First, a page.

Youth vote boost's effect on General Election 'only marginal'


Boosting the youth vote would have only a marginal impact on the result of a General Election, a new report has found.

But in a tight contest like 2015, getting 18-to-34-year-olds out to the polling stations in similar proportions to the over-65s would have been enough to deny David Cameron his overall majority - while costing Nick Clegg his seat and saving Ed Balls.

The research was released on the final day to register to vote for the June 8 General Election.

Its findings suggest Labour is right to encourage young people to register, as Jeremy Corbyn's party is the most likely to benefit from a strong youth turnout.

But it poured cold water on expectations of a transformative impact, finding that just 11 of the 573 constituencies in England and Wales would have had different results in 2015 if the 18-34 turnout had matched the 78% of over-65s who cast their ballot.

In fact, just 43% of 18-to-24-year-olds and 54% aged between 25 and 34 voted.

Voters over 55 outnumber younger voters in 445 English and Welsh constituencies, found researchers from the International Longevity Centre UK. And in 118 seats, there are more than twice as many over-55s as younger voters.

And the political power of older voters is likely to be consolidated further due to a forecast decline in the number of younger people in the UK by 2050, in a period when the number of over-65s is expected to rise by almost 70%.

ILC-UK assistant economist Dean Hochlaf said: "While attempts to get young people to vote are encouraging, we need to do more to stimulate active engagement in politics.

"An ageing society is going to put more pressure on government resources and voters will be taking this into consideration when they cast their ballots.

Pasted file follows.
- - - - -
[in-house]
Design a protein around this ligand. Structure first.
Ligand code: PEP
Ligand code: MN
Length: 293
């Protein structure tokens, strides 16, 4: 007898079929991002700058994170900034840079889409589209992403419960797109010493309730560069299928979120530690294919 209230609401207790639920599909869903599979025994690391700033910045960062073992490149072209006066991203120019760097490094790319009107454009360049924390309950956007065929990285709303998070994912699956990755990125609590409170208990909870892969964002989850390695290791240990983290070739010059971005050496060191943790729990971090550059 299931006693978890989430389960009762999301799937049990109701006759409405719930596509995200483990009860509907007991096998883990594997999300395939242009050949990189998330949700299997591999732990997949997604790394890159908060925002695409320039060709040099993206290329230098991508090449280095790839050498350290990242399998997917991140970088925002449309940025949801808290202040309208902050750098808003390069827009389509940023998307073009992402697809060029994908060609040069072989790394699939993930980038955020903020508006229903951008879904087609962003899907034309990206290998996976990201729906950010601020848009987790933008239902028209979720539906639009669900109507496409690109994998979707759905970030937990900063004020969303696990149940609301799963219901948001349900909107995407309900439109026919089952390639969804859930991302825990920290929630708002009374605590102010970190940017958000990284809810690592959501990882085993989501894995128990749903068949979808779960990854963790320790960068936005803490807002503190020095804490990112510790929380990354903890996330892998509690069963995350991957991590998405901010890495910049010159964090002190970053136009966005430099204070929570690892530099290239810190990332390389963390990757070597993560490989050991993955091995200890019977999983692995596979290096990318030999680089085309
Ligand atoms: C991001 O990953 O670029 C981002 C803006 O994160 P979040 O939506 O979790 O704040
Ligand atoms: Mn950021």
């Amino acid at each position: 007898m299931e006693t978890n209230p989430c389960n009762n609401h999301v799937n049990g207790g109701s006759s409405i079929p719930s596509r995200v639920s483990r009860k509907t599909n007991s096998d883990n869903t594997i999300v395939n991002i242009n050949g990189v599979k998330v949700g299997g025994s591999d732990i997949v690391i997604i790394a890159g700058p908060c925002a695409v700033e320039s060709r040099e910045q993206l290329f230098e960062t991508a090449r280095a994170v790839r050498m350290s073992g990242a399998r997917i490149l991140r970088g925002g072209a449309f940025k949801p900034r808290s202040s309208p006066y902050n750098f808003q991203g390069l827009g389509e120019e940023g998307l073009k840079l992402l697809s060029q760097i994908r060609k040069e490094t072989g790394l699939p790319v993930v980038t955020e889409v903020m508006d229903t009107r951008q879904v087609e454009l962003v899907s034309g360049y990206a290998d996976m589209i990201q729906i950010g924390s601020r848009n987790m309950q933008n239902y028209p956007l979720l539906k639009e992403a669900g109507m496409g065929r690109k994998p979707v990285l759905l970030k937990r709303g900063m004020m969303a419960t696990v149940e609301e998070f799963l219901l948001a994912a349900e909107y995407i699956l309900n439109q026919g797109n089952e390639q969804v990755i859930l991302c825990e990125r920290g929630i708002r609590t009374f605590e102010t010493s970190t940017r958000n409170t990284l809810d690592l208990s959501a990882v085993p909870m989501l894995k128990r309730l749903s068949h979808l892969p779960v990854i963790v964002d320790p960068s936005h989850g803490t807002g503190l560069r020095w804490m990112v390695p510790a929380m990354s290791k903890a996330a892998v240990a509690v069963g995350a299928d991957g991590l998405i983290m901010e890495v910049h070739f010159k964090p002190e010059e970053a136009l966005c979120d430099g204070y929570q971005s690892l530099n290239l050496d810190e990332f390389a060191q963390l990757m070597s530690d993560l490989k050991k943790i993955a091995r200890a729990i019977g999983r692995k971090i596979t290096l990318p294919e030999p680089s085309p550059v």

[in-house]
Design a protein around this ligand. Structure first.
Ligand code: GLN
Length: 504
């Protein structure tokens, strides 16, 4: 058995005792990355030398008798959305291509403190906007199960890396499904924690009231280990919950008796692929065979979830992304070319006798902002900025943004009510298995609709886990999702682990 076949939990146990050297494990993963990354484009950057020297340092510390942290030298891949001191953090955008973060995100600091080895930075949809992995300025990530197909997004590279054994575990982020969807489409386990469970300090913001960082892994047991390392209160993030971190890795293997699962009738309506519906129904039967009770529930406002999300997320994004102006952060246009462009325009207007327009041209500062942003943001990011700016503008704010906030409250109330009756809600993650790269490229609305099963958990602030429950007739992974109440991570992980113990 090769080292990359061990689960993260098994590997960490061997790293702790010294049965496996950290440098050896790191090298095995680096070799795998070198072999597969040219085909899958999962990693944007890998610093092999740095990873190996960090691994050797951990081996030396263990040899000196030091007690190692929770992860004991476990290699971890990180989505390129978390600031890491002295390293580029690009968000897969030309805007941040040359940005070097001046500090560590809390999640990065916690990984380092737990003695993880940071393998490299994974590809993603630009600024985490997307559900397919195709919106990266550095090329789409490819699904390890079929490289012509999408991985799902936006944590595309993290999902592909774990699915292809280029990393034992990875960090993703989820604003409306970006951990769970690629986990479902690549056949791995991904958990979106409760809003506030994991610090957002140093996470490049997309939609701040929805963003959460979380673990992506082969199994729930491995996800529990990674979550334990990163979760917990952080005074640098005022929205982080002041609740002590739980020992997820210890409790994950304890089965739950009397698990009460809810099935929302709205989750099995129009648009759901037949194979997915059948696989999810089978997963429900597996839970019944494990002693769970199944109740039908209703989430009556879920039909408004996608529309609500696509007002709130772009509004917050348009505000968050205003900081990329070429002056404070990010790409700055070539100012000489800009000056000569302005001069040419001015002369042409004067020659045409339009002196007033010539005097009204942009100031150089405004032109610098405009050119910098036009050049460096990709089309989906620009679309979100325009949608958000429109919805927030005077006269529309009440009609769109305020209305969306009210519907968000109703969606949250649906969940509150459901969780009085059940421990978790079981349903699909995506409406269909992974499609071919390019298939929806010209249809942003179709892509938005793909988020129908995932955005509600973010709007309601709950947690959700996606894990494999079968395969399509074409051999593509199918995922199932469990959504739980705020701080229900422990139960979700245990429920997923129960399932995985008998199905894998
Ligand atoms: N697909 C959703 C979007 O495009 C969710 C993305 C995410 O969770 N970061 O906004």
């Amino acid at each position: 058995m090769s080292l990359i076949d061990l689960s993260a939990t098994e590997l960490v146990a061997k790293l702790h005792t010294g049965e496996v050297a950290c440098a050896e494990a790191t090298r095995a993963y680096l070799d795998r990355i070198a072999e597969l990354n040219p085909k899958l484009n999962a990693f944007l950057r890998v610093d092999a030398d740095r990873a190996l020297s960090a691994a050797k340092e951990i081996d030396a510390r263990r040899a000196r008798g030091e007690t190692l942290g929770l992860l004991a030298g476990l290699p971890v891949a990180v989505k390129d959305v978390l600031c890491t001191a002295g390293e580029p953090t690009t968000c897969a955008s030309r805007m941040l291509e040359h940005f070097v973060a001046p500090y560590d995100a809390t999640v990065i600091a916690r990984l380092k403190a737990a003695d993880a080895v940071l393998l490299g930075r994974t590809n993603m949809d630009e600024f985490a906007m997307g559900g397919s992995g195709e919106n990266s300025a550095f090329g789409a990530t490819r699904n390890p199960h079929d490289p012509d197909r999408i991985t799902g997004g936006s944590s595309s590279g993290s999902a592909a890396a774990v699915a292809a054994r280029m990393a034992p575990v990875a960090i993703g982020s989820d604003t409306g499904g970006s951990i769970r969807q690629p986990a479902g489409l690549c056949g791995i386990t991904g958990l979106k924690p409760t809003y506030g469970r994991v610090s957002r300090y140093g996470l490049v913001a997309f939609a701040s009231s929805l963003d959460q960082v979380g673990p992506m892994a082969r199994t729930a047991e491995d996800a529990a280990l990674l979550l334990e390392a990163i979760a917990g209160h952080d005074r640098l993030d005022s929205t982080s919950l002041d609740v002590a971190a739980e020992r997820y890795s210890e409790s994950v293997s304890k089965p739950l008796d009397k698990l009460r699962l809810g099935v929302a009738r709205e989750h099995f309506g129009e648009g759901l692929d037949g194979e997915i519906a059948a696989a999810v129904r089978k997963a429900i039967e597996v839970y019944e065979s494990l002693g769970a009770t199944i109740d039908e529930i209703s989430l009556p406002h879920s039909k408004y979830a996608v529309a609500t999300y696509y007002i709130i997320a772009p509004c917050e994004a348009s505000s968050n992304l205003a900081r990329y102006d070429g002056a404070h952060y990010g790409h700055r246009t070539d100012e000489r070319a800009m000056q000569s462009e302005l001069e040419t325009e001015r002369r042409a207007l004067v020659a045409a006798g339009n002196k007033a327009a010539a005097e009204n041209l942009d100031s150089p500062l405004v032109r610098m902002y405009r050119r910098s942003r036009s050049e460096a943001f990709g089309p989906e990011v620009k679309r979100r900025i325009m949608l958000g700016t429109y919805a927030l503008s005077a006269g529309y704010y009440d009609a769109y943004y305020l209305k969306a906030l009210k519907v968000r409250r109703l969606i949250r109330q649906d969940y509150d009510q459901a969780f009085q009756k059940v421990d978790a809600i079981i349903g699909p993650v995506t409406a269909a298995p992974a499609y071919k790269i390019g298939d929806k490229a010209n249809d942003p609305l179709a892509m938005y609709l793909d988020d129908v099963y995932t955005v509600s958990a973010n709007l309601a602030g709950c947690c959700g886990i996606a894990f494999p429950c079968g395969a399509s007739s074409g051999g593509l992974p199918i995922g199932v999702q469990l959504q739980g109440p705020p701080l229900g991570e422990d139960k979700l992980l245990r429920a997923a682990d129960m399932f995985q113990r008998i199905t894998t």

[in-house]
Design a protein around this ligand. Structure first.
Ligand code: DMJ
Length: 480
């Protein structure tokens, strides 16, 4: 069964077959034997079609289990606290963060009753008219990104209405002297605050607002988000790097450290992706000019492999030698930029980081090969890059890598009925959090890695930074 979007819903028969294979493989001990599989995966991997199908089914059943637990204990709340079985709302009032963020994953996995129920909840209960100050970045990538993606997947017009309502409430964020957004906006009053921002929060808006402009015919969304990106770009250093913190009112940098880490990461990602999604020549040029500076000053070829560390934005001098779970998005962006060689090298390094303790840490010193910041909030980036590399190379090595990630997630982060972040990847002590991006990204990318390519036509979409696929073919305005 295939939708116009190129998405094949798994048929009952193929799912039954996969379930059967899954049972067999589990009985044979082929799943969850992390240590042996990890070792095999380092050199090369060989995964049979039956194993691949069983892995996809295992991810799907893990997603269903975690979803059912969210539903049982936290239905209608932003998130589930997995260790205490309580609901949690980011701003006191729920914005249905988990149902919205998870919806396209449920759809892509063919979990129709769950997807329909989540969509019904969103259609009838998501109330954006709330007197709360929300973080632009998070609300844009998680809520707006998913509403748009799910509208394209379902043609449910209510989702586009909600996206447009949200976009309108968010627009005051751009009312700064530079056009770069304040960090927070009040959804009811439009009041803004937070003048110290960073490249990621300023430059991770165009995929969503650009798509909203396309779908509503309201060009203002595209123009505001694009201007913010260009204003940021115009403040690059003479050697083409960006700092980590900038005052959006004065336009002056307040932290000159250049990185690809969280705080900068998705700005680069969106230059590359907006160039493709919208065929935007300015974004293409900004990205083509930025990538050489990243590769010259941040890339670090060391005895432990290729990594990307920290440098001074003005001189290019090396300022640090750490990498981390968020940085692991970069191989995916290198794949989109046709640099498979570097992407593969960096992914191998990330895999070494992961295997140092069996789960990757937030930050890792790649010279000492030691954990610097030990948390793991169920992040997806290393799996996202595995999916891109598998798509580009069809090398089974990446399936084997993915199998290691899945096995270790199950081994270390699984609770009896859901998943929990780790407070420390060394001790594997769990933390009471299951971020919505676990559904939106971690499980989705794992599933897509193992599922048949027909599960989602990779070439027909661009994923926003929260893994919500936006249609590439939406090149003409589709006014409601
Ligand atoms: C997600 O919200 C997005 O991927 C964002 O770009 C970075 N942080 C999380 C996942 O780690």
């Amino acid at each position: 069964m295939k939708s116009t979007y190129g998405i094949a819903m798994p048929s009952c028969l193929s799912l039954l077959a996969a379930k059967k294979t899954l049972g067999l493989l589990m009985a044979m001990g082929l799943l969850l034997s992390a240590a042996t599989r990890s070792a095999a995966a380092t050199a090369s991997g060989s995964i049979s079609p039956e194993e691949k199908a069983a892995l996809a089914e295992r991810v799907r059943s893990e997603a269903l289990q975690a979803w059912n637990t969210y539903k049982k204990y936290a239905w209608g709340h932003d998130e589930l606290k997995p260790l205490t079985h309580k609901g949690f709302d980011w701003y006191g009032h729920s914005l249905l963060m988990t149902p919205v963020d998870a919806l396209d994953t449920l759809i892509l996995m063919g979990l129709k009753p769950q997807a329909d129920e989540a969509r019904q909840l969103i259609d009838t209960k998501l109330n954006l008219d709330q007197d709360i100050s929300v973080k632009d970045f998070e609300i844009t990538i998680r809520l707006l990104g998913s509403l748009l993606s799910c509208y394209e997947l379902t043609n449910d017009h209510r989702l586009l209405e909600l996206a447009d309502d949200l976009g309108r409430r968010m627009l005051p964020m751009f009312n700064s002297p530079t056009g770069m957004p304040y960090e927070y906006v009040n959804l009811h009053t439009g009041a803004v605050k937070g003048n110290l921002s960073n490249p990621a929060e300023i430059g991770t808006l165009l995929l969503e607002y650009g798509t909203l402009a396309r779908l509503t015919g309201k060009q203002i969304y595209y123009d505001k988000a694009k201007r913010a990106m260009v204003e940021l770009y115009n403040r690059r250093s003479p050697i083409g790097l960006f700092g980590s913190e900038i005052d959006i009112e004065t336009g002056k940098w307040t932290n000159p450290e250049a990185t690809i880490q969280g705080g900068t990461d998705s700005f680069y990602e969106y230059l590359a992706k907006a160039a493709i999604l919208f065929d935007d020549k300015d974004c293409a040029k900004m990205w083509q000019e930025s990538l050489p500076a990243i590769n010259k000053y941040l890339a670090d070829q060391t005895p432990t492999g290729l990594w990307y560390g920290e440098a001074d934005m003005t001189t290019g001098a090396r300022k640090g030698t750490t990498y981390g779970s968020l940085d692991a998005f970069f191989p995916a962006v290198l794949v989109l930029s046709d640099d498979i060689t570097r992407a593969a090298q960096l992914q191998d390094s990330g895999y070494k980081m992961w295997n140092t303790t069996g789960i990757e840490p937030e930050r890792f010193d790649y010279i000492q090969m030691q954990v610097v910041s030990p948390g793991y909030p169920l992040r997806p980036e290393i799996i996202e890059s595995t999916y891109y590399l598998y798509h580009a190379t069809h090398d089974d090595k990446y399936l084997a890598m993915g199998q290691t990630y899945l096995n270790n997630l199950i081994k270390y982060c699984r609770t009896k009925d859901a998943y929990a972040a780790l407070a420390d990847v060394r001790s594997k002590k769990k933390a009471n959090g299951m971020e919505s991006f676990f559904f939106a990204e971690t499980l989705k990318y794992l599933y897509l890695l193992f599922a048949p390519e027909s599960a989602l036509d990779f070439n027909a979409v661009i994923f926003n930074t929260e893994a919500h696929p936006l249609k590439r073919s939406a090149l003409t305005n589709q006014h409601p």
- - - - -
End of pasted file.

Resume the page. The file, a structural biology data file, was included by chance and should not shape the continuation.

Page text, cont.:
"The challenge for young people is: how do they take their case to the rest of the electorate for policies that are going to benefit their generation and build a more inclusive society? This might not be the easiest task, but it will be impossible if young people continue to be left out of the political debate."

Using data from pollsters Ipsos MORI and the Office for National Statistics, the ILC-UK researchers found that nine Conservative and two Liberal Democrat constituencies would have swung to Labour if younger and older voters had turned out in similar proportions in 2015.

Among them are Morley and Outwood - which Mr Balls lost by a margin of just 422 - and Mr Clegg's Sheffield Hallam.

Other seats which would have gone to Labour were Plymouth Sutton & Devonport, Derby North, Croydon Central, Gower, Brighton Kemptown, Thurrock, Vale of Clwyd, Bury North and Leeds North West.

Rather than having a clear majority with 330 of the House of Commons' 650 seats, Mr Cameron would have been left with just 321 MPs and been forced to seek some sort of deal - possibly with Northern Irish unionists - in order to hold onto power.